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Scott Willis

The issues raised here are important however, and while I agree that it is not CEN’s place to be a consumer advocate in legal issues, it is the evidence based approach that homeowners can ideally use to stand up for their rights, should it come to a legal confrontation.

At my own home, we had a legal issue some time ago that made me acutely aware of how challenging this space is. It related to some new double glazed windows we purchased, and the issues around the supply of windows, installation, leaking, windows not to spec, etc were so numerous that eventually (after failing to have any productive conversation with the supplier) we sought the advice of the local Citizen’s Advice Bureau. While their knowledge of building or technical issues was lacking, their understanding of the Consumer Guarantees Act was good, and their advocacy on our behalf was a great relief. However, we were still required to pay for a Building Consultant to provide an expert opinion – which we did – and get a builder to repair the worst of the main problem – which we did. By that stage, while we had what we were confident was a water-tight case, and an almost water-tight home, we were emotionally exhausted (the company was particularly confrontational) and elected not to invest in taking them to court.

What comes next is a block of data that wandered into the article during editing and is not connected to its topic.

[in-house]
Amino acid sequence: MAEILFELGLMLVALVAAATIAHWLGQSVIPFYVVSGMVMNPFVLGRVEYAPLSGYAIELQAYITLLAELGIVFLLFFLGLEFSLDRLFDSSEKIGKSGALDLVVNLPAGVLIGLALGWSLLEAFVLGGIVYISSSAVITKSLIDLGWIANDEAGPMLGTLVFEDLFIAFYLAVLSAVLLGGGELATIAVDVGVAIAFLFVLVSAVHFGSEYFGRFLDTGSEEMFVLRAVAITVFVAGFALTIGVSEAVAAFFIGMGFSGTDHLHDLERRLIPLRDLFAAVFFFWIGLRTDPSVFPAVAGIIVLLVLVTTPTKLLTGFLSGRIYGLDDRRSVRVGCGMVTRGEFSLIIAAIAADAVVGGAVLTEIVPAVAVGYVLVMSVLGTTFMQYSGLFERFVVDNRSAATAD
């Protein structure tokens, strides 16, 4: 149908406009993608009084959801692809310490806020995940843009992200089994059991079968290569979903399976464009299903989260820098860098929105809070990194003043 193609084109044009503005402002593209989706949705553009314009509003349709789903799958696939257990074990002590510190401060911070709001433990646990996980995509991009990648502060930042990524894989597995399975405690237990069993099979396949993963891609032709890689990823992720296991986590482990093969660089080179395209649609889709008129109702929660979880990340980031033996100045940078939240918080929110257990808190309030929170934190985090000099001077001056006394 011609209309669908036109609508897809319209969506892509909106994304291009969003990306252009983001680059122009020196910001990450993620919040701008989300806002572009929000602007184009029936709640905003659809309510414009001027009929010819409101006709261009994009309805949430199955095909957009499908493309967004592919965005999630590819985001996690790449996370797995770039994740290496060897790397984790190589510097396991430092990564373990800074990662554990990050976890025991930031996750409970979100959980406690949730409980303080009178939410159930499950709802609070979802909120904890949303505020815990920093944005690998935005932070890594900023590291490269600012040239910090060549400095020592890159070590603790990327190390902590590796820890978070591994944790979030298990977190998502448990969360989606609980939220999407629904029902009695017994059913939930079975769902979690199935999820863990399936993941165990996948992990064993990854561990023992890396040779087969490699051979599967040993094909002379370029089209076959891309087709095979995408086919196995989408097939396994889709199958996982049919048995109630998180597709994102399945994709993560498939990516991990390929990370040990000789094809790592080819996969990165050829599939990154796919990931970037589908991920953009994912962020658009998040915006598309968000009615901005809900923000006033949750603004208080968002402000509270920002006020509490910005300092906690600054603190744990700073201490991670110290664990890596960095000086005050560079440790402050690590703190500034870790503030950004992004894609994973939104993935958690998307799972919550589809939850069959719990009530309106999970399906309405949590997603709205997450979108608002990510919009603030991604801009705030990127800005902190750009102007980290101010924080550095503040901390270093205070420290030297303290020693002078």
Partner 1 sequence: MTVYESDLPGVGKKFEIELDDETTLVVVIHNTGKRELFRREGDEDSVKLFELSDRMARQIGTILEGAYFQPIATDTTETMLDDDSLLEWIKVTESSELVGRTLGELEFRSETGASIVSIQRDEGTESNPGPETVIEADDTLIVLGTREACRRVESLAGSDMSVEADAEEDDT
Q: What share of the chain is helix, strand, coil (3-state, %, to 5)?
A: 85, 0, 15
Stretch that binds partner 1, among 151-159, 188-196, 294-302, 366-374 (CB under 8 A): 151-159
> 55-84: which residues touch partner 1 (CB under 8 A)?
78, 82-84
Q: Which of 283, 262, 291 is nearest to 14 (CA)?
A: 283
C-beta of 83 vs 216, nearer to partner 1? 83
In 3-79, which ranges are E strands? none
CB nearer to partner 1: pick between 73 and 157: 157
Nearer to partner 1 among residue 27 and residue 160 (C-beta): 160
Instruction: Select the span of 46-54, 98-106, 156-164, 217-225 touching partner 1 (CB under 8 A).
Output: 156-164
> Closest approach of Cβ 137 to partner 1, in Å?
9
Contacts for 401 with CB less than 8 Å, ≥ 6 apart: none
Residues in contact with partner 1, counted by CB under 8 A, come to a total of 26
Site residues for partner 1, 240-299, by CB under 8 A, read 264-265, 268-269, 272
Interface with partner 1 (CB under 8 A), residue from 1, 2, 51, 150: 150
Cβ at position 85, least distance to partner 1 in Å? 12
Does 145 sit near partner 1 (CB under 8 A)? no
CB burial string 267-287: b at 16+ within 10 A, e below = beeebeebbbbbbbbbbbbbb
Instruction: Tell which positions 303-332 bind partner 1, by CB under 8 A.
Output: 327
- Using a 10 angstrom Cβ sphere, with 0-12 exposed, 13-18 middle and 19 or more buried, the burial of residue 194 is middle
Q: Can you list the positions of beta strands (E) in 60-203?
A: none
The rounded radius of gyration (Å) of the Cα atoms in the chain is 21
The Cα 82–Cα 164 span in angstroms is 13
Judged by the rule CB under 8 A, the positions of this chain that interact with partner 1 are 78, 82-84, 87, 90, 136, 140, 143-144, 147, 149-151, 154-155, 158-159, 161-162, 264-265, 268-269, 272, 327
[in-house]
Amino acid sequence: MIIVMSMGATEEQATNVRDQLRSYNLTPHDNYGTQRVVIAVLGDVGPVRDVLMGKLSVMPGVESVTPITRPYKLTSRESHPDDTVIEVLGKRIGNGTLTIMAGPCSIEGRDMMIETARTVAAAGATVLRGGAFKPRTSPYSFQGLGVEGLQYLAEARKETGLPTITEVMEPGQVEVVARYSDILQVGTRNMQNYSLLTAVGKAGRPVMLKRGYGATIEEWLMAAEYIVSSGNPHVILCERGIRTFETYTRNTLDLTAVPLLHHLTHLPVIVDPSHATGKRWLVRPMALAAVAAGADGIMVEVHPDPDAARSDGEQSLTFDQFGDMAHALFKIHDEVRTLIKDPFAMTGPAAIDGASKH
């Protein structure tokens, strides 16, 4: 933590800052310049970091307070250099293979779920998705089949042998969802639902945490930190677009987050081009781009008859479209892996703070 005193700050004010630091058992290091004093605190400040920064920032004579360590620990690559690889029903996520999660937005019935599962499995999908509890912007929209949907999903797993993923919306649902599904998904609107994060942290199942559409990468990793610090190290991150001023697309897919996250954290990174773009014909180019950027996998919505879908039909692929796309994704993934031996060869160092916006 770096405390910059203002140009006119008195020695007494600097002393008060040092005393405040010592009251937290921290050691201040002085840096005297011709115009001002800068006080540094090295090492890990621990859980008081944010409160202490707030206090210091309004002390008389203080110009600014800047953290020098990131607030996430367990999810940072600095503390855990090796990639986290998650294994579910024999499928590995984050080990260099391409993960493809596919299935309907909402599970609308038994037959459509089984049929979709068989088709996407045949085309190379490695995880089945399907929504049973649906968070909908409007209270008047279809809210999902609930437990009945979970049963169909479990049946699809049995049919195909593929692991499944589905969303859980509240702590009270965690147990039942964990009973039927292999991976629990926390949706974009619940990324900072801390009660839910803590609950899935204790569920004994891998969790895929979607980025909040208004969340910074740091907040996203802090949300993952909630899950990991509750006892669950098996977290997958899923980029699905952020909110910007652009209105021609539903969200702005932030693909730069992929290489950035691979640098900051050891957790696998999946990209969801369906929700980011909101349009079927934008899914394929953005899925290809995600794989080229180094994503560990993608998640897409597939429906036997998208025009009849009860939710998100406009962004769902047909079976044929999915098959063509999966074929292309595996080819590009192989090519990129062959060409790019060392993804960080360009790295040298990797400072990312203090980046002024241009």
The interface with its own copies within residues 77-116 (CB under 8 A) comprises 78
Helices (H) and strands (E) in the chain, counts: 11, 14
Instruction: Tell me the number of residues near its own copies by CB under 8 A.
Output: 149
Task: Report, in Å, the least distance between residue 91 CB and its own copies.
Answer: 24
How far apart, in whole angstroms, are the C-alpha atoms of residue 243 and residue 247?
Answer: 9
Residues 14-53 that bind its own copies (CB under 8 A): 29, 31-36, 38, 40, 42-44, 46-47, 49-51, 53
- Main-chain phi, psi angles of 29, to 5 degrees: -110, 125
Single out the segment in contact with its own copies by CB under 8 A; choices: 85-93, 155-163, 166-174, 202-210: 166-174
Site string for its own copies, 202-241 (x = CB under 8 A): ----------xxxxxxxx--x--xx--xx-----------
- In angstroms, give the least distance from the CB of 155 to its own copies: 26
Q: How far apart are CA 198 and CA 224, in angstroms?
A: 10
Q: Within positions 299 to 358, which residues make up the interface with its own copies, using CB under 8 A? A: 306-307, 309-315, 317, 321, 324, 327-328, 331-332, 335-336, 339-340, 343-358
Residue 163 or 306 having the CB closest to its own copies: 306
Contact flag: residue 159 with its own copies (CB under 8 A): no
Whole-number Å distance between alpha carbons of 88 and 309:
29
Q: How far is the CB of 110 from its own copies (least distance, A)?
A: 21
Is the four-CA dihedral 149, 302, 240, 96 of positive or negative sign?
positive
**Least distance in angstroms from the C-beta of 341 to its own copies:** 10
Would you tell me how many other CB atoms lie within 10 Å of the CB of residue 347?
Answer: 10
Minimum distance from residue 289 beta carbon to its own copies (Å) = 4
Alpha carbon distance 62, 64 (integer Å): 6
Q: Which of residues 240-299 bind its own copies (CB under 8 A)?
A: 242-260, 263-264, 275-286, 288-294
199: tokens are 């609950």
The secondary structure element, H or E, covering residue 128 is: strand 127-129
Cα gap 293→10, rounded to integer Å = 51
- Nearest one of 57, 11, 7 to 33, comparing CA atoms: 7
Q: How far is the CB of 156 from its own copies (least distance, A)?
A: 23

This situation made me very aware of how vulnerable many people are to unscrupulous suppliers (even those of us who have access to good information make mistakes) and how essential it is that independent advice is available and accessible. It continues to frustrate me that as a society we do not value the place of independent advice enough to resource it – doing so would not only help reduce fuel poverty, it would also direct economic activity towards useful ends – investment in appropriate solutions.